In most cases, I don’t advise women to quit their jobs (unless it’s detrimental to their physical or mental health) because it can create a big hole in someone’s daily life that is hard to fill.
Going to the office every day (or logging on to Zoom) is so important for us humans as we are creatures of habit. Doing something out of habit or as a repetitive behavior is helpful to calm our nervous system and reduce anxiety.
So working through your work inbox, attending (virtual) meetings and checking off your to-do-list can be a fantastic distraction from what’s going on in your private life. I am not saying distraction is the cure; I’m just saying that sometimes it can be a lifeline, a welcome change of thoughts when all we do is ruminate about our fertility struggles.
And here is the crucial part: fertility struggles are inherently stressful. So is life. There is no way around that. But we should try do our very best to avoid getting overwhelmed and instead try to keep the stress hormone cortisol as low as possible wherever we can.
Self-care: An invaluable life tool
Stress has shown to have a significant impact on our reproductive hormones and whether we have a successful pregnancy. Our reptilian brain still thinks we are cavewomen, so every time danger lurks, we go into a fight-or-flight state and our cortisol spikes. Our subconscious treats internal threats the same as external ones; it doesn’t differentiate between a tiger chasing after us or an important work deadline that has us stressed out or feeling anxious about tomorrow’s appointment with the fertility doctor.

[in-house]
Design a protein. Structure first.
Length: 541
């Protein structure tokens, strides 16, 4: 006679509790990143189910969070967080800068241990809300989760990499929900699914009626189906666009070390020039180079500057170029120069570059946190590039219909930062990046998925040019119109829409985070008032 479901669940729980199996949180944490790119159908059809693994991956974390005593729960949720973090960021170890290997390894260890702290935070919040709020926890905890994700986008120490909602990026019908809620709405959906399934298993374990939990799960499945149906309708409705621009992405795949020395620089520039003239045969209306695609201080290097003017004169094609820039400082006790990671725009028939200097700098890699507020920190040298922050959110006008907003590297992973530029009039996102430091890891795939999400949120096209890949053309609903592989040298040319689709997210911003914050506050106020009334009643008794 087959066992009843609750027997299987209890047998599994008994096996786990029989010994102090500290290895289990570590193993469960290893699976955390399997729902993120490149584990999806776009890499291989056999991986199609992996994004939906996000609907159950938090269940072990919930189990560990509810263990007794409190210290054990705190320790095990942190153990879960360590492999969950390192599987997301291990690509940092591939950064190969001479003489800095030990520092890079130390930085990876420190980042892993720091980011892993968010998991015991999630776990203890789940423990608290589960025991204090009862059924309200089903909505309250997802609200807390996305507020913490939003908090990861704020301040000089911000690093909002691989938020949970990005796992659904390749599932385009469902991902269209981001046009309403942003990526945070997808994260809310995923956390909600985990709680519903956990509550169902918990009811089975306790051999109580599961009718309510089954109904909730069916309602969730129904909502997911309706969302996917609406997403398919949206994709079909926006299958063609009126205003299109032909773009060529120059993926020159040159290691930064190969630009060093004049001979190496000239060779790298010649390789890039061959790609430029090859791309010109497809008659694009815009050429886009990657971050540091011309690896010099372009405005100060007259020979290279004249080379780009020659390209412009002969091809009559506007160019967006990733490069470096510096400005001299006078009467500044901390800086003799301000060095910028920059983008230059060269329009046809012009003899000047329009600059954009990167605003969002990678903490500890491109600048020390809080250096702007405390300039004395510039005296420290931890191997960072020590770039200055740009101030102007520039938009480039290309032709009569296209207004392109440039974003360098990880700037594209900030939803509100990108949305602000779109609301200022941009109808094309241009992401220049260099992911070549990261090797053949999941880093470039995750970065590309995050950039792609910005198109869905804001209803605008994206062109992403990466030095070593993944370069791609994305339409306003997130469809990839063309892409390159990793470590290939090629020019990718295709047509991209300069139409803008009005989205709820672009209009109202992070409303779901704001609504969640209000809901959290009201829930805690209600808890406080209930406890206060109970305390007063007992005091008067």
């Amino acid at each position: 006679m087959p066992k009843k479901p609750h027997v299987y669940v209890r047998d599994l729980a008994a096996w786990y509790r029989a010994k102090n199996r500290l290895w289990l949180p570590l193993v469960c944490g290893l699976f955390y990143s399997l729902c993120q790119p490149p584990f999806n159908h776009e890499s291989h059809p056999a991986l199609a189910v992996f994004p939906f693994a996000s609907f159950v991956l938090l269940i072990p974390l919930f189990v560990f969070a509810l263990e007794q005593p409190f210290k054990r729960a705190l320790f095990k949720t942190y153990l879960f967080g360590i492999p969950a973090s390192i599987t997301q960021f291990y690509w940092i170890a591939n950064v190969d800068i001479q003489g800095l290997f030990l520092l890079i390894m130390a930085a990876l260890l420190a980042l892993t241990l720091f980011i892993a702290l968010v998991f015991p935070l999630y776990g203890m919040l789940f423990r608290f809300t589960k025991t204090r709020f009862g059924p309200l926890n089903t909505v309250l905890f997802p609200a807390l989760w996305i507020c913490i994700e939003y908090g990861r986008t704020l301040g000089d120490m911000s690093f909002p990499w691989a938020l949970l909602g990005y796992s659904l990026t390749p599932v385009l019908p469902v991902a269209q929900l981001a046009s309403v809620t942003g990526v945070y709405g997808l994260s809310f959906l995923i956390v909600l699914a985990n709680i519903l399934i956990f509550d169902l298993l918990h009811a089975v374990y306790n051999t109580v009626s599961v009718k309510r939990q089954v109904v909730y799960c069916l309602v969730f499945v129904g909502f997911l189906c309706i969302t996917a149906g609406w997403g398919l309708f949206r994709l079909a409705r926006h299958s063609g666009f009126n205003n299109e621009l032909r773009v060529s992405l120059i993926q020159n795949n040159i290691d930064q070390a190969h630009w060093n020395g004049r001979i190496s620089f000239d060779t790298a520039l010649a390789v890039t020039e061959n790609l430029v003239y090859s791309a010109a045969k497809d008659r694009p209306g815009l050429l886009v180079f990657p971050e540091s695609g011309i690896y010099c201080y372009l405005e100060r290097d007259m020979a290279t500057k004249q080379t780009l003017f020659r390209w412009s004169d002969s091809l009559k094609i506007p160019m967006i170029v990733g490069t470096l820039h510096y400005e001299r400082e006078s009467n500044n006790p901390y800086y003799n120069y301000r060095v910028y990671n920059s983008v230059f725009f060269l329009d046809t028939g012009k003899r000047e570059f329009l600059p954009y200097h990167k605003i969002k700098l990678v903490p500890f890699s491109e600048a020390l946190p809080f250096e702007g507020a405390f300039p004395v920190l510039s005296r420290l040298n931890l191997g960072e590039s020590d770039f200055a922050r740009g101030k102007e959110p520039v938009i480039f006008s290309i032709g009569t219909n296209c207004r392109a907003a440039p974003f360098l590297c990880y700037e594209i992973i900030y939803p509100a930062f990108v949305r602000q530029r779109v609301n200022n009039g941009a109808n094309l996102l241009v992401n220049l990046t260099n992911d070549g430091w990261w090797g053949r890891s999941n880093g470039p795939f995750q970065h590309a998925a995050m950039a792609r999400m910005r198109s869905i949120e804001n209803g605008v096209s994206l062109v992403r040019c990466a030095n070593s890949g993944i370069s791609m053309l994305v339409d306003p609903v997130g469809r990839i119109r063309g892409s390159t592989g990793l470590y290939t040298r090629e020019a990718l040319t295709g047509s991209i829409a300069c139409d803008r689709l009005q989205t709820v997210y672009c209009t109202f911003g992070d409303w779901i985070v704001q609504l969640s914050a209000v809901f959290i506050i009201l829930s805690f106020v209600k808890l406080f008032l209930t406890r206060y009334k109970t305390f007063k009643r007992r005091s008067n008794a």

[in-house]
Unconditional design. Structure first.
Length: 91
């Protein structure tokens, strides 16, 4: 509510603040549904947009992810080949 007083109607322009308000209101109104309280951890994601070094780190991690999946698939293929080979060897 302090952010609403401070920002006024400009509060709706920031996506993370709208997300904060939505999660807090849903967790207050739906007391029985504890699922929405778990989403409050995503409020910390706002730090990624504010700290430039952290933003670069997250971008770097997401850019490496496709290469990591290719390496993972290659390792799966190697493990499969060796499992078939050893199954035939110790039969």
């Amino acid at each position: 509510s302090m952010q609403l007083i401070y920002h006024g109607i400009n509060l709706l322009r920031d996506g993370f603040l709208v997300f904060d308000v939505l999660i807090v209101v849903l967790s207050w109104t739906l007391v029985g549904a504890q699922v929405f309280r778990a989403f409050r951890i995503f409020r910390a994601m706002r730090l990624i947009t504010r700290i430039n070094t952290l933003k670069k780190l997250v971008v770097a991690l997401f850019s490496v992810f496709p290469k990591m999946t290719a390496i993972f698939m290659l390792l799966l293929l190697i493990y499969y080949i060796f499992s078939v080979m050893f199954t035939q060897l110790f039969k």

While there is no need to quit your job, it’s definitely worthwhile to ask yourself how you can lower stress on a daily basis in order to prioritize self-care. Because, at the end of the day, we need to take excellent care of our mental and physical selves if we expect our bodies to conceive and carry a beautiful baby. Let’s then treat our bodies with great respect and kindness.
Self-care isn’t selfish. Self-care should become a daily habit.
Self-care means more than taking a hot bath or having that piece (or bar) of chocolate. It means creating space for yourself, honoring what your mind and body need. That could be taking your lunch break and stepping away from your desk for a short walk instead of lunch al desko. That could mean saying no to meetings that are not the best use of your time. That could mean taking a sick day when you feel you need it because you want to recover from a procedure or an upsetting diagnosis. That could also just mean to call up a friend, get a workout in, make a delicious dinner, and catch up on your favorite show.